Letters: ’07 Engines, Fuel Surcharges
These Letters to the Editor appear in the May 3 print edition of Transport Topics. Click here to subscribe today.
’07 Diesel Engines
Review of the 2007 generation of diesel engines has been a very hot topic this year. At the annual American Trucking Associations Technology & Maintenance Council meeting, I was one of the panelists asked to score the performance of the 2007 engines based on TransAm’s experiences. My comments about the unacceptable performance issues with the Caterpillar C-15 engines seem to have received a lot of press, and I feel it is important to share the rest of the story.
While our operating costs have increased with the 2007 engines mandated by the U.S. Environmental Protection Agency, this is not unique to Caterpillar engines; the same holds true for all manufacturers when compared with pre-2007 engines. To comply with EPA emissions standards, EPA ’07 engines require diesel particulate filters, ultra-low-sulfur diesel fuel and low-ash engine oil, and therefore cost more to operate.
With product enhancements al-ways comes the adversity of dealing with problems that may or may not have been anticipated. Caterpillar Inc. is a world-class supplier and has worked diligently to resolve every problem encountered with its EPA ’07 engines. Company representatives have listened and encouraged TransAm feedback and have spent countless hours focusing their efforts on problem solving and technological improvements to increase reliability and overall performance.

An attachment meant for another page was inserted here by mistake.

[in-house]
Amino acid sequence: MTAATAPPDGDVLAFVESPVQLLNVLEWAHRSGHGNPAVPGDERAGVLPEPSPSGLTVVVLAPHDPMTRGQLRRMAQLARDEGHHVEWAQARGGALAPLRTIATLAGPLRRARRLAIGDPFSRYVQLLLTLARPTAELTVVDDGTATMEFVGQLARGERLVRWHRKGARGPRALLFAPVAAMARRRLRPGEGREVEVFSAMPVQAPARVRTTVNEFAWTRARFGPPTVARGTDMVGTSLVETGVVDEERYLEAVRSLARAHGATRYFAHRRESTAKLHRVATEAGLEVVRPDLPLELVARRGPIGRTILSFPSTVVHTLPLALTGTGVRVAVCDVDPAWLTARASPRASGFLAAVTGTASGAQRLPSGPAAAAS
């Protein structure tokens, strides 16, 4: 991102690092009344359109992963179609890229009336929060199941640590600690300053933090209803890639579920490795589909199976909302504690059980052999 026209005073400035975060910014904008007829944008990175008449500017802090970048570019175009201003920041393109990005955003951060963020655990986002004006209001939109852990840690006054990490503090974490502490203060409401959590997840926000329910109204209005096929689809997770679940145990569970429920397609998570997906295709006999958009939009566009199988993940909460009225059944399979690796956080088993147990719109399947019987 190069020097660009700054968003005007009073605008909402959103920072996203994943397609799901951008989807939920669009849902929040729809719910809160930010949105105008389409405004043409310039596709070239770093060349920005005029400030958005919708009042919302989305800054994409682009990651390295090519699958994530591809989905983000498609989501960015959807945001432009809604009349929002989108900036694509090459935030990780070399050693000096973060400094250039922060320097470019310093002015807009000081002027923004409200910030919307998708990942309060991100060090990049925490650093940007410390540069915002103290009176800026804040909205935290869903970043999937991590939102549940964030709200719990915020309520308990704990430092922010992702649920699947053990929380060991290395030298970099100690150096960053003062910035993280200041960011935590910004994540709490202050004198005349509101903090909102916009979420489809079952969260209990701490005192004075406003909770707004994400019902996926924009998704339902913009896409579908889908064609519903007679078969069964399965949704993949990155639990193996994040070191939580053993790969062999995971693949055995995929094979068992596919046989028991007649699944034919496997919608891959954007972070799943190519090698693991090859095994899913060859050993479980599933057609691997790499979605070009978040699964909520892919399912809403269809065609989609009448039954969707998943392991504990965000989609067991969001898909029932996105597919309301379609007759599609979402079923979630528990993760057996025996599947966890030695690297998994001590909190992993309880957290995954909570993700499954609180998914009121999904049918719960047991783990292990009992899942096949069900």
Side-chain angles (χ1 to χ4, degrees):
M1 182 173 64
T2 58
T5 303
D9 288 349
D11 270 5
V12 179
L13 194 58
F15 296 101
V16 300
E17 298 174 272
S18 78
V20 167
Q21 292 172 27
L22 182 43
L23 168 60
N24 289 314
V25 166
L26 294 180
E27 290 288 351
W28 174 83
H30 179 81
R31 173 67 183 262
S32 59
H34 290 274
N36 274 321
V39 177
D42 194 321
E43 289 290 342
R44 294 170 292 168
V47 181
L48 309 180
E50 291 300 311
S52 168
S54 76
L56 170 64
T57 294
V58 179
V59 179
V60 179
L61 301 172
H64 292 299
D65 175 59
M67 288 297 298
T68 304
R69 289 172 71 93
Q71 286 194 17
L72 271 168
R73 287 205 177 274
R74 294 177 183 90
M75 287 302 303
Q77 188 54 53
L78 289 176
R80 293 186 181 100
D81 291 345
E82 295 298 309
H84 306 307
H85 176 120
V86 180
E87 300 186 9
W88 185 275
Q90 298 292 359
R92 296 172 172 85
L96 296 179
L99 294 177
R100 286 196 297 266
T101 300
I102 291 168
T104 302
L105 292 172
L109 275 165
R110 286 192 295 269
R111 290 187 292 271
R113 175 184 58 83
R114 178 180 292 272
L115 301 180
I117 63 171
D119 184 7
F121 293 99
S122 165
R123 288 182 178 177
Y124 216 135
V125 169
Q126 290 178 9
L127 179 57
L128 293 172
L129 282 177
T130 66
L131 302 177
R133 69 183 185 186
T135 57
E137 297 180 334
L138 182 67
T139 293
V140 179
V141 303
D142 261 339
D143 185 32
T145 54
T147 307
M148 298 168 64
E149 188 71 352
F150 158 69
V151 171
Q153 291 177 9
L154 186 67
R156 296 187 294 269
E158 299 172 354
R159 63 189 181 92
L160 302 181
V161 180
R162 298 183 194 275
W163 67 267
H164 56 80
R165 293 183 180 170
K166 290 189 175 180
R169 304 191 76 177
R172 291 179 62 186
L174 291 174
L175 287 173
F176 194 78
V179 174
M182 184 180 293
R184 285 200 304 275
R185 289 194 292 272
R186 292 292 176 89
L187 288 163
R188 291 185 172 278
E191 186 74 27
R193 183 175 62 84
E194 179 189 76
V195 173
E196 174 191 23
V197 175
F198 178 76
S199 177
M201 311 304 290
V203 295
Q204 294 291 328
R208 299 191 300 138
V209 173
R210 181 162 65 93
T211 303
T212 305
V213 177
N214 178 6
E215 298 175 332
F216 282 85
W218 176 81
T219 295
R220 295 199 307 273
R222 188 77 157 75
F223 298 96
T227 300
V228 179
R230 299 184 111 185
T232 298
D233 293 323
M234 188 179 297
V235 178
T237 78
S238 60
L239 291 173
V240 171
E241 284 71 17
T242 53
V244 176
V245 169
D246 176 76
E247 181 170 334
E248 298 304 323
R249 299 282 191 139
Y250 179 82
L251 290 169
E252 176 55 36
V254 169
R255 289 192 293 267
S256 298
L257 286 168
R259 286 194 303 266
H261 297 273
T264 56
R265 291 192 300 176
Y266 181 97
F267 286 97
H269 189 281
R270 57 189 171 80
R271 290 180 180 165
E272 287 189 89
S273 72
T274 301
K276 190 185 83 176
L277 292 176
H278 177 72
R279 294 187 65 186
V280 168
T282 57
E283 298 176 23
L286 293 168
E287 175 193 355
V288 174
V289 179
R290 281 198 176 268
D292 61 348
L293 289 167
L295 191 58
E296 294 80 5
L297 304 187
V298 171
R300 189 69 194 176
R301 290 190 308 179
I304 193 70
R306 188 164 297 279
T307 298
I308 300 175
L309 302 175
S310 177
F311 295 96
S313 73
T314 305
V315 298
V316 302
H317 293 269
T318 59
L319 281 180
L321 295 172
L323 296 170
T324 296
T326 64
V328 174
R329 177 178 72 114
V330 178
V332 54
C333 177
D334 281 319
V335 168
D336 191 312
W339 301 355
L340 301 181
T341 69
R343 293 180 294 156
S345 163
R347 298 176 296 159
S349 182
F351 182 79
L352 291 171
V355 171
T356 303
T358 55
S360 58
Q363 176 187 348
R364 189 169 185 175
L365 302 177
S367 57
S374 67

Although we have been disappointed with the performance of the engine, Caterpillar has continued to provide tremendous service and support, and we have bought nothing but Caterpillar EPA ’07 engines to date. Its customer commitment and persistence when dealing with these challenges should be commended.
Vice President of Maintenance
TransAm Trucking Inc.
Editor’s Note: The press coverage referred to in the letter above included a story in Transport Topics headlined “Fleet Reviews Mixed in ’07 Engine Tests; Results Vary on Fuel Mileage, Expenses” that was published in our Feb. 22 print edition on p. 25 and quoted the letter writer. (Click here for previous story.)
Great article on the need to change the basis for fuel surcharges (“Carriers Can Achieve Significant Savings by Altering Practices, Consultants Say,” 4-19, p. 1). It simply amazes me that with the technology available today, some carriers continue to base fuel surcharges on a percentage of the freight rate.
Duff Swain, president of Trincon Group, Columbus, Ohio, makes an excellent point in the article, indicating that fuel surcharges need to be accounted for as offsetting fuel costs, rather than being used as a point of revenue.
I know we are hearing a consistent flow of dialogue from parties in the process of implementing new standards for fuel surcharges that allow for accountability on the part of both the shipper and the carrier in obtaining a fair fuel surcharge rate.
Keep up the great work!